By the 1960’s the national average for lead in blood rose to somewhere around 600 parts per billion (we can’t blame this all on ethyl, our homes – inside and out – were coated in the stuff as well.) It’s likely that my sisters and I carried in our blood, lead levels that would now be considered high – although most likely, we were better off than kids living in the city. Today, we worry about children with blood lead over 50 parts per billion. We also know that aside from the more immediate poisonous effects, even in small amounts lead can lower children’s I.Qs and alter their behavior.
That my students were clueless about leaded gasoline, is, in large part thanks to the EPA. When your agency ordered manufacturers to phase-out lead and find a replacement, it was not only an EPA victory, but a victory for all Americans. Here is Carol Browner as the final nails hit the lead coffin in 1996:
The elimination of lead from gas is one of the great environmental achievements of all time. Thousands of tons of lead have been removed from the air, and blood levels of lead in our children are down 70 percent. This means that millions of children will be spared the painful consequences of lead poisoning, such as permanent nerve damage, anemia or mental retardation.
Why even talk about leaded gasoline? Because like DDT, this was another triumph of your agency. Another victory over powerful industries that put profits over human health. Lead is clearly still a problem – particularly for municipalities and homes with aging pipes and in too many cases lead paint – legacies from our earlier generations, that sadly keep on giving. But we all still use gasoline. And, both the automobile industry and the oil industry have retained if not grown in power over the decades. I would love to provide my students with current examples of good Corporate Citizens. I’d like to say, “That was then, this is now.” There is plenty of opportunity for the corporations that impact the quality of the air we breath and must hold responsibility for our health and for our changing climate (I understand you disagree here – so I won’t belabor this point). With nearly a century of exposure to oil combustion products – the health-science is indisputable. As you advocate for a smaller EPA, and consider the current CAFE (fuel economy) standards, I would very much appreciate some examples to share with my public health students, so that they can rest assured that they won’t be telling their students jaw-dropping stories from the time that EPA handed its authority over to big oil and the auto industry.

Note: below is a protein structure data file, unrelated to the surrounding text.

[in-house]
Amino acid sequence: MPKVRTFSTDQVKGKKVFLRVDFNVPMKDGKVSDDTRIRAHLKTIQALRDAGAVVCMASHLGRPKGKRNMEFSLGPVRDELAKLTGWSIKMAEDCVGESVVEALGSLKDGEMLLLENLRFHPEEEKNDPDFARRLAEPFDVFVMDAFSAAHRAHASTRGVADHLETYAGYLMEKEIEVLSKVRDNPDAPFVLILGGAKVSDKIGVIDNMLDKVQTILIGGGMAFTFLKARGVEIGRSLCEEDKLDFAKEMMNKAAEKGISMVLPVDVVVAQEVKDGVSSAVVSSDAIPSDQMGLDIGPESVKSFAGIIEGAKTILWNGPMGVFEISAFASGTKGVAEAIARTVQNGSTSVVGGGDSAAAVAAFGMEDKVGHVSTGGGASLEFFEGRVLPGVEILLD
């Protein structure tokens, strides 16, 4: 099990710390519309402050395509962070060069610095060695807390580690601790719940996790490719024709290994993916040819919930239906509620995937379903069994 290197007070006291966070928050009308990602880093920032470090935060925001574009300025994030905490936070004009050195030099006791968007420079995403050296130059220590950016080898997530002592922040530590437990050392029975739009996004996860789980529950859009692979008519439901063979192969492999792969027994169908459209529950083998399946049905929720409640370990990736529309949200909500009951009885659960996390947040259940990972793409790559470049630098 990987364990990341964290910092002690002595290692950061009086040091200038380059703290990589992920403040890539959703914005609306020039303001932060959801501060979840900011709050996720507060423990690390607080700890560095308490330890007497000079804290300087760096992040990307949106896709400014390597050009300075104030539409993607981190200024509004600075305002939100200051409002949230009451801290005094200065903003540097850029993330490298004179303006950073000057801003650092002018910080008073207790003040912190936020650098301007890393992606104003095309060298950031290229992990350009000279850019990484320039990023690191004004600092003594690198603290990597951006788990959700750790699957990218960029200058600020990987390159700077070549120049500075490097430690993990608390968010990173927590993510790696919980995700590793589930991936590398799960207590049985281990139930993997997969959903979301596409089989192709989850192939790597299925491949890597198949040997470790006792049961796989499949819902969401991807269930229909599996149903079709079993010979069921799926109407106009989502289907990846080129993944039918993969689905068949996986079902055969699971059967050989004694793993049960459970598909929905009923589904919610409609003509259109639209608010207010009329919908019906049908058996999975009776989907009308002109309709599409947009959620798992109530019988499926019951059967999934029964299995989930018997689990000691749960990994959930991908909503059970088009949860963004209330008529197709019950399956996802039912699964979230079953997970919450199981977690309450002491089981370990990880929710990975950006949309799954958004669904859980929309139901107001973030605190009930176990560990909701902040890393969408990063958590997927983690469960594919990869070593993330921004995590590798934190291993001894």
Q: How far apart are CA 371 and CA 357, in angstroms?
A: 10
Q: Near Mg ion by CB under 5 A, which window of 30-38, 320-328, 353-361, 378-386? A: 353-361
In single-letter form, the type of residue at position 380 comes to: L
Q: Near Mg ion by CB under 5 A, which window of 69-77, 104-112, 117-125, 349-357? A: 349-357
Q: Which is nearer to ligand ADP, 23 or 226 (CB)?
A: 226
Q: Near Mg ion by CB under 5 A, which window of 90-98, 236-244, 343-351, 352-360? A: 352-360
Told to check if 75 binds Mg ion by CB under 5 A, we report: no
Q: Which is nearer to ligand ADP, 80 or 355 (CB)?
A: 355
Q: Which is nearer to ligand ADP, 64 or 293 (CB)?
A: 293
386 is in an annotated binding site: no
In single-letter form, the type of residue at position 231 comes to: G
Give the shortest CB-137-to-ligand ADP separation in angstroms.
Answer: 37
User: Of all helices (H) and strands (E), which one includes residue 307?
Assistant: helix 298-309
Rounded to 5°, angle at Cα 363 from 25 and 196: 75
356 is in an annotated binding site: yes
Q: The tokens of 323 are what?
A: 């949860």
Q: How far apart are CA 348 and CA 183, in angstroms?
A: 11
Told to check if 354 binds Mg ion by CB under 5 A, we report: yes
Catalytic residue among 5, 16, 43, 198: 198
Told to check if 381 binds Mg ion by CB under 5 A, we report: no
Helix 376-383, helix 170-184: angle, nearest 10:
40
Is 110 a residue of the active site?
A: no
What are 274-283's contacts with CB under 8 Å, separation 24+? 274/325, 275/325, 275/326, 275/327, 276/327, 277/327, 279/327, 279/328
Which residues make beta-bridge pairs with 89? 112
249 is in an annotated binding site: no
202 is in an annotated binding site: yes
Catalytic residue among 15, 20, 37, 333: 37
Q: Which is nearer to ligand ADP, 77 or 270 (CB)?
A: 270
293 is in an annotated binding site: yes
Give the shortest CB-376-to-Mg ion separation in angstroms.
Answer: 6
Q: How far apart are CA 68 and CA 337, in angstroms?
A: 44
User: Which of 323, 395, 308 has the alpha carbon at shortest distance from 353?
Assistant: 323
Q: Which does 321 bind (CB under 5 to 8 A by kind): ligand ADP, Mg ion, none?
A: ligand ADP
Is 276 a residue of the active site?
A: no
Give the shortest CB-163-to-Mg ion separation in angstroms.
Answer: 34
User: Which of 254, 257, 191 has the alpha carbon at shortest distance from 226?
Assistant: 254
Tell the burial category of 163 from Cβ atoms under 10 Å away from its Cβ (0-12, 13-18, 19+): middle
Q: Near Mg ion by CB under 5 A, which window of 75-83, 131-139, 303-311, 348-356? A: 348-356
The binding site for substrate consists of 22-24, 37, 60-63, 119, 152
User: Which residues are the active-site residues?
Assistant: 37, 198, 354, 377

Featured Image: Sign on an antique gasoline pump, advertising gasoline additive (tetraethyl lead) by the Ethyl Corporation. Photo taken at the highway rest stop on I-94 westbound, east of Bismarck, North Dakota, USA. Plazak, 2010.
*Midgley, T. Jr., 1922, Letter to Cumming, National Archives Record Group 90, 30 December 1922